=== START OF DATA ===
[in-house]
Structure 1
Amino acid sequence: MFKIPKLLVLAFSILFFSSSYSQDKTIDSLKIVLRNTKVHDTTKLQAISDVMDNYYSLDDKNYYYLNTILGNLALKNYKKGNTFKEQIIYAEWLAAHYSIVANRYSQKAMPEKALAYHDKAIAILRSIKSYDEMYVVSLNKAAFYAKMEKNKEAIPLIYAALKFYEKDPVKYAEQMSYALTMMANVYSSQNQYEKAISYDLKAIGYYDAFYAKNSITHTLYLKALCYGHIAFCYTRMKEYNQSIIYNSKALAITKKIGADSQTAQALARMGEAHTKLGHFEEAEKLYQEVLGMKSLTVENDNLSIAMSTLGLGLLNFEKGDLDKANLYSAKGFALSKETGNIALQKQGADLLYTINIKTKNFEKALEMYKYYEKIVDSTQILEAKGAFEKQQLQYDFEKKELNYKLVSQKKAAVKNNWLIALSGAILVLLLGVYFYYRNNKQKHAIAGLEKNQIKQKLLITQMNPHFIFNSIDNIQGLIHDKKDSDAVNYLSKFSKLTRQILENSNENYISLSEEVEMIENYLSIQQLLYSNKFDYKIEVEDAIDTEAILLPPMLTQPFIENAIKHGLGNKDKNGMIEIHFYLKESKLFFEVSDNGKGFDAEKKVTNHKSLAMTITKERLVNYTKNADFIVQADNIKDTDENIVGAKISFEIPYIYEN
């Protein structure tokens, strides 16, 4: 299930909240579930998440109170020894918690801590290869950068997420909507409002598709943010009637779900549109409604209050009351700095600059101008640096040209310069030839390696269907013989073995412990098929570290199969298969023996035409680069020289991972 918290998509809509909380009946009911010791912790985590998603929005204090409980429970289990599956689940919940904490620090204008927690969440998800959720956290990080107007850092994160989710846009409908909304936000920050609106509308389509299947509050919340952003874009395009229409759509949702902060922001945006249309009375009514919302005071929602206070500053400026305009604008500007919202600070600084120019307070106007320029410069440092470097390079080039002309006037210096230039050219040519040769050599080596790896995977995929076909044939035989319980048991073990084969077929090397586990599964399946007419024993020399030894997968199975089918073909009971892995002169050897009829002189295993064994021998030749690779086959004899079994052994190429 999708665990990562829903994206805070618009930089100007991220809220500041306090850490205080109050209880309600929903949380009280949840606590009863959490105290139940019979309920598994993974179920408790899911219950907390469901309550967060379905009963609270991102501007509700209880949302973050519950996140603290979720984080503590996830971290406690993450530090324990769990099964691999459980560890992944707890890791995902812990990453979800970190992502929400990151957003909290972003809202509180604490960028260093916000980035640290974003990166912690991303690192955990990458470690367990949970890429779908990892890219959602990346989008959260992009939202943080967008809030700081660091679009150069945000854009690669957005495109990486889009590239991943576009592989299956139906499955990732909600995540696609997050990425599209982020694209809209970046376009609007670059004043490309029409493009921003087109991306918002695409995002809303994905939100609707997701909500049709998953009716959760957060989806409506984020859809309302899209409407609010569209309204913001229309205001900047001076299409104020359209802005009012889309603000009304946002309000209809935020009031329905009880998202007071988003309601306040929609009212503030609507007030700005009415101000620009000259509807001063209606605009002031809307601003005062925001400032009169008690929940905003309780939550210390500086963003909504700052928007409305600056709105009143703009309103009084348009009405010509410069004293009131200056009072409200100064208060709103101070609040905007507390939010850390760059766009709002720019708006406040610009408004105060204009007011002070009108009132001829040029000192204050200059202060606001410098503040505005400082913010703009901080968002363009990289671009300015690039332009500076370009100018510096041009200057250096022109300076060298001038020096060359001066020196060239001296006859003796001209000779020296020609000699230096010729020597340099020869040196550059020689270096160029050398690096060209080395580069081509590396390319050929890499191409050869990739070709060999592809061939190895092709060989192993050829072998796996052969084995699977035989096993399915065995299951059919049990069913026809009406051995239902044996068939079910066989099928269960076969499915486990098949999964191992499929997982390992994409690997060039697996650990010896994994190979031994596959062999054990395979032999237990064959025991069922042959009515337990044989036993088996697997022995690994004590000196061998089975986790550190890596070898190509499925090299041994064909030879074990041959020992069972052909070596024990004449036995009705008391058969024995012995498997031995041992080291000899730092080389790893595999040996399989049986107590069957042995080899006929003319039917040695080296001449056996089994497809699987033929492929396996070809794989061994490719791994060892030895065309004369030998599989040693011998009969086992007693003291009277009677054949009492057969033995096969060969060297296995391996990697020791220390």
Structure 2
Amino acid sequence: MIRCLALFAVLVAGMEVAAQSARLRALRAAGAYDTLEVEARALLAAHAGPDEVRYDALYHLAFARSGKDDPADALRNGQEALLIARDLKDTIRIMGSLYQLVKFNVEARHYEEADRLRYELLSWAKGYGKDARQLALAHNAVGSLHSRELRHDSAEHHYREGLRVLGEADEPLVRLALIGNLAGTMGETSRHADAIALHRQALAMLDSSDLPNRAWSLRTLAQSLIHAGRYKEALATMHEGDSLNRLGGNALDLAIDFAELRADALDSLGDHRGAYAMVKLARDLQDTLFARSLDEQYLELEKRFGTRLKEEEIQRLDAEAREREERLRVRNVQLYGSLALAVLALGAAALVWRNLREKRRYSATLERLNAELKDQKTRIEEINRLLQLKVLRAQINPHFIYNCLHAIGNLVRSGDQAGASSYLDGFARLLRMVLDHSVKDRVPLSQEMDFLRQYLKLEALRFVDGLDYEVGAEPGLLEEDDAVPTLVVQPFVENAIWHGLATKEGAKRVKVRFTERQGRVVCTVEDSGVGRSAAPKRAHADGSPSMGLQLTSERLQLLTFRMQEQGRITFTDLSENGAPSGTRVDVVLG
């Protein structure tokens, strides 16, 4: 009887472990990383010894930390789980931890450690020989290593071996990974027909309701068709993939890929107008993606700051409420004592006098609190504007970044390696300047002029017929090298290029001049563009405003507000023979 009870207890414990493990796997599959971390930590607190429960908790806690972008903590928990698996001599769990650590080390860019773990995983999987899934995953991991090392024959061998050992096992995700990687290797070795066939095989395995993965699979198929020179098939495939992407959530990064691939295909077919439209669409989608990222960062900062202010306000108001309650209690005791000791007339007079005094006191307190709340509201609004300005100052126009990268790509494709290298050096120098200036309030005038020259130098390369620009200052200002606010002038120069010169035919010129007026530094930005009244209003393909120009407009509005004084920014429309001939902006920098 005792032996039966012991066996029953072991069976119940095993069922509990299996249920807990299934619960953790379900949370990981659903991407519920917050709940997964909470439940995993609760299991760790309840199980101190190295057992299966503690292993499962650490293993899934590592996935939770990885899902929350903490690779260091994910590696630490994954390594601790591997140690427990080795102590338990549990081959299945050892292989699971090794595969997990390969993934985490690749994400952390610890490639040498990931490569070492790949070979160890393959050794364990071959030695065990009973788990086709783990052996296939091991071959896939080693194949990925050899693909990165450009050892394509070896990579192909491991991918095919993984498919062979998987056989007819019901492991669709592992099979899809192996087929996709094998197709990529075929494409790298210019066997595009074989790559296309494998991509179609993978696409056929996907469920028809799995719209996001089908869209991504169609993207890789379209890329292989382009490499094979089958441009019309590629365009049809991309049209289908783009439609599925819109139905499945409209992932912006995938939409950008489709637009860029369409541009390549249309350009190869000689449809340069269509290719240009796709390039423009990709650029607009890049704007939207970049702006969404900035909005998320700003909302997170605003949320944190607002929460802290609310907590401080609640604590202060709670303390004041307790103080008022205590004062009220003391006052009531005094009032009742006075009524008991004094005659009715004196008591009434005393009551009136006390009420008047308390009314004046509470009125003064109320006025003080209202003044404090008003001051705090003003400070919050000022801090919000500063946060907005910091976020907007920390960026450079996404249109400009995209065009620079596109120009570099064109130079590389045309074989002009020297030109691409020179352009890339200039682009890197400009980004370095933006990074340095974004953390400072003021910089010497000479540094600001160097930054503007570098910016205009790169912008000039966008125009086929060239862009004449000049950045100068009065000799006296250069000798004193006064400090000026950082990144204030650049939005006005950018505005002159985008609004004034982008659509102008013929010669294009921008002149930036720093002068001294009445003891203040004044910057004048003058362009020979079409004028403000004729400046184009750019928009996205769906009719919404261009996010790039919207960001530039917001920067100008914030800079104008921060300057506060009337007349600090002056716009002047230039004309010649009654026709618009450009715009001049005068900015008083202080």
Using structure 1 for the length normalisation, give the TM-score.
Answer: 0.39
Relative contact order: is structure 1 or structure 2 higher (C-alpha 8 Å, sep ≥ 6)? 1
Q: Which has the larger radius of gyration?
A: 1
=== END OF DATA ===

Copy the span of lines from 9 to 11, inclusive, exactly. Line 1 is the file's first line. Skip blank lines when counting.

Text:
Answer: 0.39
Relative contact order: is structure 1 or structure 2 higher (C-alpha 8 Å, sep ≥ 6)? 1
Q: Which has the larger radius of gyration?